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Thursday, April 22, 2010

Hobbit debate goes out on some limbs

Hobbit debate goes out on some limbs
Arm and leg fossils may, or may not, come from nonhuman hominid
By Bruce Bower
Web edition : Monday, April 19th, 2010


ALBUQUERQUE — Two fossil hobbits have given what’s left of their arms
and legs to science. That wasn’t enough, though, to quell debate over
hobbits’ evolutionary status at the annual meeting of the American
Association of Physical Anthropologists on April 17.


Since 2004, the discoverers of unusual “hobbit” fossils on the
Indonesian island of Flores have attributed their find to a pint-sized
species, Homo floresiensis, that lived there from 95,000 to 17,000
years ago. These researchers also suspect, on the basis of hobbit
anatomy and recent stone tool discoveries on Flores, that H.
floresiensis evolved from a currently unknown hominid species that
migrated from Africa to Indonesia more than 1 million years ago.


Critics say the finds represent nothing more than human pygmies like
those still living on Flores. In their opinion, the centerpiece hobbit
find — a partial skeleton of an adult female known as LB1 — is what’s
left of a woman who suffered from a developmental disorder that
resulted in an unusually small brain and a misshapen skull and lower
body.


But arm and leg fossils from LB1 and a second hobbit appear robust,
not unhealthy, according to a new study directed by William Jungers of
Stony Brook University in New York. The bones display humanlike
thickness in the tough tissue that forms the outer shell of most
bones, and opposite sides of the limb bones exhibit comparable
thickness, a sign of healthy growth, said Stony Brook anthropologist
and study coauthor Frederick Grine, who presented Jungers’ paper at
the meeting.


Hobbits also possessed much stronger limbs relative to body weight
than either Homo sapiens or its presumed predecessor, Homo erectus,
Jungers’ team concluded.


Limb strength for H. floresiensis approaches that previously estimated
for more ancient hominid species such as the 3.2-million-year-old
Australopithecus afarensis — a.k.a. Lucy — and 2.3-million-year-old
Homo habilis, according to Junger’s analysis.


These results imply that hobbits were able to engage in vigorous
physical activities that neither modern humans nor H. erectus could
manage. Hobbits may have spent much of their time climbing trees, as
Lucy’s kind did, the Stony Brook researchers propose.


Hobbits’ mix of humanlike and Lucy-like limb traits fits with Jungers’
recent proposal that a primitive, currently unknown hominid species
trekked from Africa to Flores at least 1.8 million years ago and
evolved into H. floresiensis. Earlier suggestions that hobbits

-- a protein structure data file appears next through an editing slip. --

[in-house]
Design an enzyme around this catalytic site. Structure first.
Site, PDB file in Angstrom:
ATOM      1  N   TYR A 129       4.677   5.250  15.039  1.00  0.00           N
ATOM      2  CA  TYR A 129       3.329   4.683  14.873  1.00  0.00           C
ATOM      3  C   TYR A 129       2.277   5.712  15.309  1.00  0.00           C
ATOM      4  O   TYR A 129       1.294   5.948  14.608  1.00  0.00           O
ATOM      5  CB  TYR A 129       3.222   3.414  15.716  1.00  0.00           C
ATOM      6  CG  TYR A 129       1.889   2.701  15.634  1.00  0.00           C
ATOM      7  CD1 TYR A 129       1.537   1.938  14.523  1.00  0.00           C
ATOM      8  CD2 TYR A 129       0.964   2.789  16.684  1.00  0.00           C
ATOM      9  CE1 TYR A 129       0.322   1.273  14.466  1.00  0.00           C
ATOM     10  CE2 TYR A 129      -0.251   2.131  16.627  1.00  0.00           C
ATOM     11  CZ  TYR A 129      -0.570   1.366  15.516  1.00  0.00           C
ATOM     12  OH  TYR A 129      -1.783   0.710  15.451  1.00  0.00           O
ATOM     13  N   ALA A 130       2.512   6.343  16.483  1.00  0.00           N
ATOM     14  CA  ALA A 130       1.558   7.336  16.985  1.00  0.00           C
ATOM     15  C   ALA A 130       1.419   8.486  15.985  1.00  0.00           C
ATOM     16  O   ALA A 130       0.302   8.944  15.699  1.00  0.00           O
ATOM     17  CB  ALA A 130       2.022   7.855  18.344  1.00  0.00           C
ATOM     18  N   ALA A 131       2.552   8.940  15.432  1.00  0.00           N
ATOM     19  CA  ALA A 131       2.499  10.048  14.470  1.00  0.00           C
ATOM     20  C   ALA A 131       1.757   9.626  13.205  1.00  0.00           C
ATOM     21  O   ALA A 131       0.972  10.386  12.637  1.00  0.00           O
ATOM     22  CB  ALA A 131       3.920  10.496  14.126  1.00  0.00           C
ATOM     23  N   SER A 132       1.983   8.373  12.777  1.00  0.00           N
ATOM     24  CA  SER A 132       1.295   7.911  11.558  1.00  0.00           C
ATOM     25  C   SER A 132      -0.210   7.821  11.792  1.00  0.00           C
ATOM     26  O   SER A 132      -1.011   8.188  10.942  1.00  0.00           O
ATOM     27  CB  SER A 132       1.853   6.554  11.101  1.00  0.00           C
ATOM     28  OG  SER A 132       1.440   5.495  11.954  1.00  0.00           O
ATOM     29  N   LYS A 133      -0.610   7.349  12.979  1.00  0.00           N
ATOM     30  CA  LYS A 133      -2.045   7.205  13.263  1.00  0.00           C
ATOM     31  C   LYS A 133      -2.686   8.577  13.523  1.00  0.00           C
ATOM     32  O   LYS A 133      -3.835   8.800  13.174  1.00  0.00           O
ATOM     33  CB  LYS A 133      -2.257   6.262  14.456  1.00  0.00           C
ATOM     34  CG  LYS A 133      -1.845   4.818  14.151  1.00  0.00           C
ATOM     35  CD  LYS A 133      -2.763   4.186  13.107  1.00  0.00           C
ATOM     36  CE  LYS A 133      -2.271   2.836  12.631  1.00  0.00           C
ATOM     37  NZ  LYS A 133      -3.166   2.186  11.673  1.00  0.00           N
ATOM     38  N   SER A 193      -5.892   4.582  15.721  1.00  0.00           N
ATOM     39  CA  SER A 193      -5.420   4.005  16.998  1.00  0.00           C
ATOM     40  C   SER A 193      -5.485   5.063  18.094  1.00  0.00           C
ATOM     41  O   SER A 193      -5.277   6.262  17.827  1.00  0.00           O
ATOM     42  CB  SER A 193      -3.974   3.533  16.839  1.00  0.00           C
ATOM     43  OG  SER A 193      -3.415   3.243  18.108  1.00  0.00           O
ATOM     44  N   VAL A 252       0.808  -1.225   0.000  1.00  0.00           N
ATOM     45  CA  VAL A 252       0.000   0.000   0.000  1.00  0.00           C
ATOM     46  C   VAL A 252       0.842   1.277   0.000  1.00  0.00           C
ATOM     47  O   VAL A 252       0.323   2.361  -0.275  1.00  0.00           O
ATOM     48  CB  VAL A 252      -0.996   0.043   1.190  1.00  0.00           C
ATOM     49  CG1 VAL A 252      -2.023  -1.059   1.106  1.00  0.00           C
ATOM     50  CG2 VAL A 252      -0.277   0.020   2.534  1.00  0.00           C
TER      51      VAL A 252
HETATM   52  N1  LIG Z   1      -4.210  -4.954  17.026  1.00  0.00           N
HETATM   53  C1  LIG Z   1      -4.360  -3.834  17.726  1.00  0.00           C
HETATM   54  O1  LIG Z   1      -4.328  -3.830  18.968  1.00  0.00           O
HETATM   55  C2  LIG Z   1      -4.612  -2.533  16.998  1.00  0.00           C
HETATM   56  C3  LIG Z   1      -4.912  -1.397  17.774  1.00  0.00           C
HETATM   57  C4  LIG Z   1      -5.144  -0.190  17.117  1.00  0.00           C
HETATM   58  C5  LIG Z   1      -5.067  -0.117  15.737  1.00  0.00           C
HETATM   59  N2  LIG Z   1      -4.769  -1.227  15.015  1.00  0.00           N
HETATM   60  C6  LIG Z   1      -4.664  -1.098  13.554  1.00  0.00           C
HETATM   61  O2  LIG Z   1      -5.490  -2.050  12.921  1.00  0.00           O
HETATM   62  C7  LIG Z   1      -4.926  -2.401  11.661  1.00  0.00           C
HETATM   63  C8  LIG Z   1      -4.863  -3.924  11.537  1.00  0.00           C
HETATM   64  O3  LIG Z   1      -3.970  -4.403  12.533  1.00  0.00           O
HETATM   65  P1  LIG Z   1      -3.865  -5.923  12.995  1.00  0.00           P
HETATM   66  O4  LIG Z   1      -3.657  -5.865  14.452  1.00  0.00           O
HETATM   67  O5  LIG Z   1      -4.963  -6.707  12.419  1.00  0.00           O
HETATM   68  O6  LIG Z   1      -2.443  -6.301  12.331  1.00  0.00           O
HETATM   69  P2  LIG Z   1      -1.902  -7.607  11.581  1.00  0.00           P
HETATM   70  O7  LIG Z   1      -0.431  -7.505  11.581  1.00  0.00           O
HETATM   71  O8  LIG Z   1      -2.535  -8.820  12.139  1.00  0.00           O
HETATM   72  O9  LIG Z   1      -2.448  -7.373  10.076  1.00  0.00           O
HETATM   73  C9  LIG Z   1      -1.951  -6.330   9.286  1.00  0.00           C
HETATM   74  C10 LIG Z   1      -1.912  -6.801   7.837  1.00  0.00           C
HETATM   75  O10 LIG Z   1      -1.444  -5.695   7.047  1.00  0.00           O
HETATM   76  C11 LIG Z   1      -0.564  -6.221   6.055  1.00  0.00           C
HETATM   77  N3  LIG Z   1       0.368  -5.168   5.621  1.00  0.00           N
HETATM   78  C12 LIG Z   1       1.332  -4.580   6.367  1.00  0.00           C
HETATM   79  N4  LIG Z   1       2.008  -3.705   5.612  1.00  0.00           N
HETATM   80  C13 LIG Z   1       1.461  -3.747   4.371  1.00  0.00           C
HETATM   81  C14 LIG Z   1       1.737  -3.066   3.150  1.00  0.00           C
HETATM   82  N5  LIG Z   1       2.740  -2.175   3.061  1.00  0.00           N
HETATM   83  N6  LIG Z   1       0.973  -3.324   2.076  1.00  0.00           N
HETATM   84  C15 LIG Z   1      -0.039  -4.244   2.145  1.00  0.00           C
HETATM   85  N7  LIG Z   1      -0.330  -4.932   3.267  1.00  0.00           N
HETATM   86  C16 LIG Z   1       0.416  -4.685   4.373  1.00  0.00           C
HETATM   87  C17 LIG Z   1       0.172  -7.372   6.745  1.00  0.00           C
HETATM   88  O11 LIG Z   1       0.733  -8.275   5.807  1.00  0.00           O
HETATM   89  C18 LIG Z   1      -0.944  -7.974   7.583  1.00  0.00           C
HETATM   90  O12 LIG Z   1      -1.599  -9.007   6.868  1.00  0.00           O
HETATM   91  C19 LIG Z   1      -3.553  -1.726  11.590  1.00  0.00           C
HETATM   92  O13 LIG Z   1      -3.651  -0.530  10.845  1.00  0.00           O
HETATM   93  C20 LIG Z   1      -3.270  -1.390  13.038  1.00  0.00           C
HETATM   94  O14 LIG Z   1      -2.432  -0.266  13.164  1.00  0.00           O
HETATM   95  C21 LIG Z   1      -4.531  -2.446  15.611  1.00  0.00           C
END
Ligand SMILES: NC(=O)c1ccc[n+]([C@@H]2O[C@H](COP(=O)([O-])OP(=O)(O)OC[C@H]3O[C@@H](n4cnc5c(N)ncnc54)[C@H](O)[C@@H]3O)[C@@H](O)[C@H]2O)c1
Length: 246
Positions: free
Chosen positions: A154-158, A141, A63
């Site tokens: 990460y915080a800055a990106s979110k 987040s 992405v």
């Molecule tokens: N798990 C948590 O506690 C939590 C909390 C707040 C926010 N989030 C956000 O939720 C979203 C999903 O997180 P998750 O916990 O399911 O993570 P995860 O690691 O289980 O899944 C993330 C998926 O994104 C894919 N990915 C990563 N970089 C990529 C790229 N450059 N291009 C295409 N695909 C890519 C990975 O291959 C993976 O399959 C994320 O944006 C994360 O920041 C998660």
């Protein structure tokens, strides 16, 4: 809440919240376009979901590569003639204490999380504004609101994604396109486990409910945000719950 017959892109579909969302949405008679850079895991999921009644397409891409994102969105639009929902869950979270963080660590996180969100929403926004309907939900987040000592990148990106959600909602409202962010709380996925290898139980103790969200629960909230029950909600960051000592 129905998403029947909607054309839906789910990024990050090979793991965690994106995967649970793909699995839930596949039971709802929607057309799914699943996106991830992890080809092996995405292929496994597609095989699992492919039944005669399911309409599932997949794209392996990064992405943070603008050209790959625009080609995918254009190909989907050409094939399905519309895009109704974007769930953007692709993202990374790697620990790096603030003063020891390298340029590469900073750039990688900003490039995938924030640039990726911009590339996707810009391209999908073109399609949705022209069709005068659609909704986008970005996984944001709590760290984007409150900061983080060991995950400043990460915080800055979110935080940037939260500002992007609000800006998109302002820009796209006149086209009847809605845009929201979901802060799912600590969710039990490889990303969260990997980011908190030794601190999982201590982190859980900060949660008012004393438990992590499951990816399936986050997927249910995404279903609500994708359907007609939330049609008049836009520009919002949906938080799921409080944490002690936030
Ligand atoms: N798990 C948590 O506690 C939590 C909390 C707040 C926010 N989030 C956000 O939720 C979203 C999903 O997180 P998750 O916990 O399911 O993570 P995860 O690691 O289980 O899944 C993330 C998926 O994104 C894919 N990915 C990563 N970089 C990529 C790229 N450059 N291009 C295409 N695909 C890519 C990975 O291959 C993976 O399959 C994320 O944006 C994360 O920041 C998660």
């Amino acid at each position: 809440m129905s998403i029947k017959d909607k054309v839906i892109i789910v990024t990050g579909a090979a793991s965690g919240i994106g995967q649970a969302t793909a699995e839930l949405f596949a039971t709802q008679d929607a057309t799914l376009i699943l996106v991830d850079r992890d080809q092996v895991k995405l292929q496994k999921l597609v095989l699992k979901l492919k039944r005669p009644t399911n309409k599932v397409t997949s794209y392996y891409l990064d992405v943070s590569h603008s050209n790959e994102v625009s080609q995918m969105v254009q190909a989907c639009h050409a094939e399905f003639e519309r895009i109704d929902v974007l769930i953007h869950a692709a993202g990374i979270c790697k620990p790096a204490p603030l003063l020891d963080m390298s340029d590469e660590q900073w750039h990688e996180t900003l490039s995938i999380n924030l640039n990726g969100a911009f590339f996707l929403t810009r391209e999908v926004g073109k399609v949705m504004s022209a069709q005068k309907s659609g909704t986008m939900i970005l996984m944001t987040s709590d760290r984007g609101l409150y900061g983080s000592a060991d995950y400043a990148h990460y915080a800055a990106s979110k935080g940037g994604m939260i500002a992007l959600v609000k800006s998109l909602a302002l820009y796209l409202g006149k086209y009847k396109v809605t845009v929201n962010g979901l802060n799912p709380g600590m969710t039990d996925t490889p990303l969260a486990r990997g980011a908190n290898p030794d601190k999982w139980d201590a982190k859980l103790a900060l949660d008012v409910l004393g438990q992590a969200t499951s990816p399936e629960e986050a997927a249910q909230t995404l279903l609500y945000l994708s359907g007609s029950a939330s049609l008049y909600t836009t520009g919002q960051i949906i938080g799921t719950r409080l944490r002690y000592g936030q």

descended from H. erectus (SN: 10/30/04, p. 275) have been dropped.


Junger’s group used computerized tomography images to calculate bone
thickness at points along the length of six hobbit bones from the
upper arm and the upper and lower leg. Five fossils came from LB1 and
one came from another hobbit adult. The researchers then compared
these data to corresponding measures for Lucy, H. habilis and several
hundred people from different parts of the world, including Indonesian
pygmies now living on the Andaman Islands.


Estimates of arm and leg strength for LB1 were generated by comparing
her bone thickness to her height and weight — roughly 3 feet, 5 inches
and 66 pounds, according to Jungers. But hobbit skeptics put LB1’s
height at 4 feet or more, a stature that would imply weaker limbs than
the Stony Brook researchers contend.


In another meeting presentation, Robert Eckhardt of Pennsylvania State
University in University Park argued that a developmental disorder
produced a suite of skeletal abnormalities in LB1 (SN: 11/18/06, p.
330), including irregularly shaped hip joints and tube-shaped upper
leg bones. Junger’s new limb-bone analysis doesn’t address those
points, Eckhardt said.


A variety of developmental disorders produce skeletal traits in people
today that Jungers has labeled as exclusive to H. floresiensis,
Eckhardt added.


At the meeting, he described the case of a woman with a developmental
disorder that resulted in an S-shaped collar bone. Jungers’ team
includes this characteristic in a list of hobbit-specific skeletal
features.


This new twist in the hobbit controversy follows the March 17 online
publication of a paper in Nature concluding that hominids reached
Flores by 1 million years ago. Excavations on Flores yielded stone
tools from sediment dating to that time, reported Adam Brumm of the
University of Wollongong in Australia.


Brumm previously uncovered 800,000-year-old stone artifacts on Flores
(SN: 6/3/06, p. 341). He now suspects hominids reached the island as
early as 2 million years ago.


Brumm’s contention has been challenged by colleagues who believe
natural processes may have moved the artifacts from younger to older
sediment layers.


Earthquakes and flooding are two of many possible ways in which stone
artifacts could have been moved on Flores, noted James Phillips of the
University of Illinois at Chicago.


If Brumm is right, only further fossil finds can determine what type
of hominids reached Flores by 1 million years ago, remarked Robin
Dennell of the University of Sheffield in England. “Until we get that
evidence, we’re stumbling in the dark,” he says.

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